Each dot in the figure provides information about the weight (x-axis, units: U.S. pounds) and fuel consumption (y-axis, units: miles per gallon) for one of 74 cars (data from 1979). Clearly weight and fuel consumption are linked, so that, in general, heavier cars use more fuel.
Now suppose we are given the weight of a 75th car, and asked to predict how much fuel it will use, based on the above data. Such questions can be answered by using a model - a short mathematical description - of the data. The simplest useful model here is of the form
|y = w1 x + w0||(1)|
This is a linear model: in an xy-plot, equation 1 describes a straight line with slope w1 and intercept w0 with the y-axis, as shown in Fig. 2. (Note that we have rescaled the coordinate axes - this does not change the problem in any fundamental way.)
How do we choose the two parameters w0 and w1 of our model? Clearly, any straight line drawn somehow through the data could be used as a predictor, but some lines will do a better job than others. The line in Fig. 2 is certainly not a good model: for most cars, it will predict too much fuel consumption for a given weight.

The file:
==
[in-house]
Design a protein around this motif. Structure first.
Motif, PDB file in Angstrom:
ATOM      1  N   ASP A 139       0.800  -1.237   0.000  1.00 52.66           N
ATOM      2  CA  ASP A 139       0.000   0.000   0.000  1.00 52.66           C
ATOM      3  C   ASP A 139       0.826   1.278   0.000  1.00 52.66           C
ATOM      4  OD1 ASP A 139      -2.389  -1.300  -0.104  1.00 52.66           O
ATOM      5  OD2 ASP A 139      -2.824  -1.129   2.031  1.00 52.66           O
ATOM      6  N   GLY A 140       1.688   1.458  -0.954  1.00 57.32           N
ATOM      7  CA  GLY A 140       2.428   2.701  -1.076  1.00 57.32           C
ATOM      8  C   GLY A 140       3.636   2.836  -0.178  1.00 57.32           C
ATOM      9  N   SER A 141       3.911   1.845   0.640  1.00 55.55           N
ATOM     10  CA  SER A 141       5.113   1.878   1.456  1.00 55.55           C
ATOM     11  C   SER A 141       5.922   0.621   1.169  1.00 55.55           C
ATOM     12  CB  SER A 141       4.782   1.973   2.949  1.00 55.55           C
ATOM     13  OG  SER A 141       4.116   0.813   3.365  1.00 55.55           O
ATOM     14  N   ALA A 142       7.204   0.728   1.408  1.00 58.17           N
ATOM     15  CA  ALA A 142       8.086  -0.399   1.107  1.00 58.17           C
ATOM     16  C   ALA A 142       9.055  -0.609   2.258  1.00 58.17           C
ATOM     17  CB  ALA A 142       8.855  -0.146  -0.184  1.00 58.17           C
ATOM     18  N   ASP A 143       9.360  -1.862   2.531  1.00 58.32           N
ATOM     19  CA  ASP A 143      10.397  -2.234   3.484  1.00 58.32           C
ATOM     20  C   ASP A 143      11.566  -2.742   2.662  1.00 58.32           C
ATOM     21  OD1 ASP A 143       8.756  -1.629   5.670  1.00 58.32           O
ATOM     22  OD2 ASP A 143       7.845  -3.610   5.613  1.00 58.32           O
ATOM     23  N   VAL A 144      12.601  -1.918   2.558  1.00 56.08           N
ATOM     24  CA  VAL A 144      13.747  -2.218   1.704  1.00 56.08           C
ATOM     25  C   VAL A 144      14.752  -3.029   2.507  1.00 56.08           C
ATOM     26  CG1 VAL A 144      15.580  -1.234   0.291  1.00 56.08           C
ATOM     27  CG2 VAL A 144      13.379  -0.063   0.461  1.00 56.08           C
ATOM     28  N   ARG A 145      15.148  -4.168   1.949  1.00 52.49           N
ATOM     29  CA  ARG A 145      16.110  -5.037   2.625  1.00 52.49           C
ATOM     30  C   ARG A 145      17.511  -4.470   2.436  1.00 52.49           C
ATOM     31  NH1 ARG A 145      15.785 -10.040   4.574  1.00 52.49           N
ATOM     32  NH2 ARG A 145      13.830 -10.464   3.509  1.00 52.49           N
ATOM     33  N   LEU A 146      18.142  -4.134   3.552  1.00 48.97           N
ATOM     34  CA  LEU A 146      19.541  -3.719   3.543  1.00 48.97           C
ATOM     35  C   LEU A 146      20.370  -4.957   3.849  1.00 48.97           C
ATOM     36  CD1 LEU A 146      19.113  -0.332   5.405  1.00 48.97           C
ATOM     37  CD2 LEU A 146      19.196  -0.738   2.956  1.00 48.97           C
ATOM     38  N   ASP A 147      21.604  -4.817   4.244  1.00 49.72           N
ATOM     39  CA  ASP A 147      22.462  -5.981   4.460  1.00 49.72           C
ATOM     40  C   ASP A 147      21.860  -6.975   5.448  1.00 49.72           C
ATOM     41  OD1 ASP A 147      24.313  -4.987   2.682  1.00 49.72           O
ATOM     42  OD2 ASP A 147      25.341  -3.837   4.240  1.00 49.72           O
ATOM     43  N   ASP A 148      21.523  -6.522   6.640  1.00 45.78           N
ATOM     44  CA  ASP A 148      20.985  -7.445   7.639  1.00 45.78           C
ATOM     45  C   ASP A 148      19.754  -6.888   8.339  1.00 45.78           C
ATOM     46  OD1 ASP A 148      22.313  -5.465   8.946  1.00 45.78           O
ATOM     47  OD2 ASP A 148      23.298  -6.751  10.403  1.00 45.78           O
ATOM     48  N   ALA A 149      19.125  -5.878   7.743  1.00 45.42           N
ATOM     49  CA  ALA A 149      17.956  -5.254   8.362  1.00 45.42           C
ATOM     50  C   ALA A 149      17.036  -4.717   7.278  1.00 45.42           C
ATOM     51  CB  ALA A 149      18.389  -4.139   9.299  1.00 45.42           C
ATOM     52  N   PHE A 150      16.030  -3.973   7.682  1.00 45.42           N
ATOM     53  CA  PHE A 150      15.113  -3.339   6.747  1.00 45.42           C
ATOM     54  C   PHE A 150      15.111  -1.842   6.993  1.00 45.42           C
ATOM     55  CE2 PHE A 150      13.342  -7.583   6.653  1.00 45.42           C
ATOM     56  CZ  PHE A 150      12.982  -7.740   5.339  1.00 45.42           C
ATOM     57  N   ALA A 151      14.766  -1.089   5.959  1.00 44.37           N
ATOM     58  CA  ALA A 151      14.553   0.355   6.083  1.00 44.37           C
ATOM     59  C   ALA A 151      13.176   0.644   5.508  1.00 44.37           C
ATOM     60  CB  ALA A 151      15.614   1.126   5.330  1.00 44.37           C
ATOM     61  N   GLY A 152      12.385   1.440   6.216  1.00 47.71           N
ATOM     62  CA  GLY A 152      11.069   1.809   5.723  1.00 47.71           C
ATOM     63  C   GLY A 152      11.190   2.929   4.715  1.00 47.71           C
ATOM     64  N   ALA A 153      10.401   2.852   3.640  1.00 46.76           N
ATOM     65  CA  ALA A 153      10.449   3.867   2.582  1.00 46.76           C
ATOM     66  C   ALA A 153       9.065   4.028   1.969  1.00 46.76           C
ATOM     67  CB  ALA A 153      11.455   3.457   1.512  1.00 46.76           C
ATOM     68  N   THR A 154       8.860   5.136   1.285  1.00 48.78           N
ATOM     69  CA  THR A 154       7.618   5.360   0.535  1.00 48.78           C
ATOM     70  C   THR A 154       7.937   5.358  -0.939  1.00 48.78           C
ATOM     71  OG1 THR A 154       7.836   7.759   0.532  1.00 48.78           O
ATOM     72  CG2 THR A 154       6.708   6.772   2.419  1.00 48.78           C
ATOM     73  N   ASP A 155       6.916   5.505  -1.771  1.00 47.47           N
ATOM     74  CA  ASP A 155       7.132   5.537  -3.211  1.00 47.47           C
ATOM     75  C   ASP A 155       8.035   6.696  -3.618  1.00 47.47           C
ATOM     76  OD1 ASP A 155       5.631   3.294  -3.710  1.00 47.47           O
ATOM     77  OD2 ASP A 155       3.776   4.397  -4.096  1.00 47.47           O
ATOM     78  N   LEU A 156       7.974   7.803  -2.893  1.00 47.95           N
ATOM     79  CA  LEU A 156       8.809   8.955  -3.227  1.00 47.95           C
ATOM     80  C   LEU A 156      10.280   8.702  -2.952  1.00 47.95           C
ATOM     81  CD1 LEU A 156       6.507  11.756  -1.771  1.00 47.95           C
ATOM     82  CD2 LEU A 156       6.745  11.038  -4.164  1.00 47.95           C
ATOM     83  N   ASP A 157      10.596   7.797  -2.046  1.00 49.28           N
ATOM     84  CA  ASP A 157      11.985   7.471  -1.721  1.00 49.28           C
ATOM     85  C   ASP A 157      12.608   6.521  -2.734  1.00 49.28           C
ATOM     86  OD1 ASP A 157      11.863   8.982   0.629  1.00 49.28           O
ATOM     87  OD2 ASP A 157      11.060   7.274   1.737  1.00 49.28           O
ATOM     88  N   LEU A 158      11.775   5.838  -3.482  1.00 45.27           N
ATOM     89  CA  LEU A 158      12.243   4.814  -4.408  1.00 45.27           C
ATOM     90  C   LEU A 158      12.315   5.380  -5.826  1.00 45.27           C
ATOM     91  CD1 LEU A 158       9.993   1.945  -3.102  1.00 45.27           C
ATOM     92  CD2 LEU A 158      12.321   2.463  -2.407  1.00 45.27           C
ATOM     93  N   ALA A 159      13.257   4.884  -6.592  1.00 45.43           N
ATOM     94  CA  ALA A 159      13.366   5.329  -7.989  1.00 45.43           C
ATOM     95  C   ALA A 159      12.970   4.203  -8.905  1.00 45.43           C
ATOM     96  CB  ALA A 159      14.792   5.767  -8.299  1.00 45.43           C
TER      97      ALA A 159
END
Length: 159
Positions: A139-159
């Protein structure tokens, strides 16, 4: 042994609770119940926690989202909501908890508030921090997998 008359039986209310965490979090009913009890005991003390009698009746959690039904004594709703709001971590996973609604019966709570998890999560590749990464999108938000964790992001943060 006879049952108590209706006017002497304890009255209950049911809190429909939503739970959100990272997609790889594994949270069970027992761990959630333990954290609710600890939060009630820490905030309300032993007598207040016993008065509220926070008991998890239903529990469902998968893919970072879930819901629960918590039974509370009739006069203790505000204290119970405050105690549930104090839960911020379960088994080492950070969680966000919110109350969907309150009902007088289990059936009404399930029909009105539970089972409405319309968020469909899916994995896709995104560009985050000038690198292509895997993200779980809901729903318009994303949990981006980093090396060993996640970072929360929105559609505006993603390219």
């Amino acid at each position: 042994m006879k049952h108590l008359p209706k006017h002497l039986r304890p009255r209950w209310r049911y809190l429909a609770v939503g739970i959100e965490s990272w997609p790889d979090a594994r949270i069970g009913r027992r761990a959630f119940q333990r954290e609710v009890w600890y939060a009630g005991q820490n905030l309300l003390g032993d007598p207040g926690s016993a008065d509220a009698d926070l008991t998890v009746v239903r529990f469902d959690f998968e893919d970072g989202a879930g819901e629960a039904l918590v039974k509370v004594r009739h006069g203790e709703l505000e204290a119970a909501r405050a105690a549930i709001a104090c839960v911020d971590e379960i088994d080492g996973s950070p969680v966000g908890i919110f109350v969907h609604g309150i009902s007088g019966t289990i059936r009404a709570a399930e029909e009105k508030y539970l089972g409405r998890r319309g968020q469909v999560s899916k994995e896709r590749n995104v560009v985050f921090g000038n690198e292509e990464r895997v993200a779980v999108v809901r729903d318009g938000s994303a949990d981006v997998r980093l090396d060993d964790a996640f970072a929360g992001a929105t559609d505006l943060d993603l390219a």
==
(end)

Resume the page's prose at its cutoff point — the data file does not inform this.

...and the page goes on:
In words, it is the sum over all points i in our data set of the squared difference between the target value ti (here: actual fuel consumption) and the model's prediction yi, calculated from the input value xi (here: weight of the car) by equation 1. For a linear model, the sum-sqaured error is a quadratic function of the model parameters. Figure 3 shows E for a range of values of w0 and w1. Figure 4 shows the same functions as a contour plot.
For linear models, linear regression provides a direct way to compute these optimal model parameters. (See any statistics textbook for details.) However, this analytical approach does not generalize to nonlinear models (which we will get to by the end of this lecture). Even though the solution cannot be calculated explicitly in that case, the problem can still be solved by an iterative numerical technique called gradient descent. It works as follows:
By repeating this over and over, we move "downhill" in E until we reach a minimum, where G = 0, so that no further progress is possible (Fig. 6).
Fig. 7 shows the best linear model for our car data, found by this procedure.
Our linear model of equation 1 can in fact be implemented by the simple neural network shown in Fig. 8. It consists of a bias unit, an input unit, and a linear output unit. The input unit makes external input x (here: the weight of a car) available to the network, while the bias unit always has a constant output of 1. The output unit computes the sum:
|y2 = y1 w21 + 1.0 w20||(3)|
It is easy to see that this is equivalent to equation 1, with w21 implementing the slope of the straight line, and w20 its intercept with the y-axis.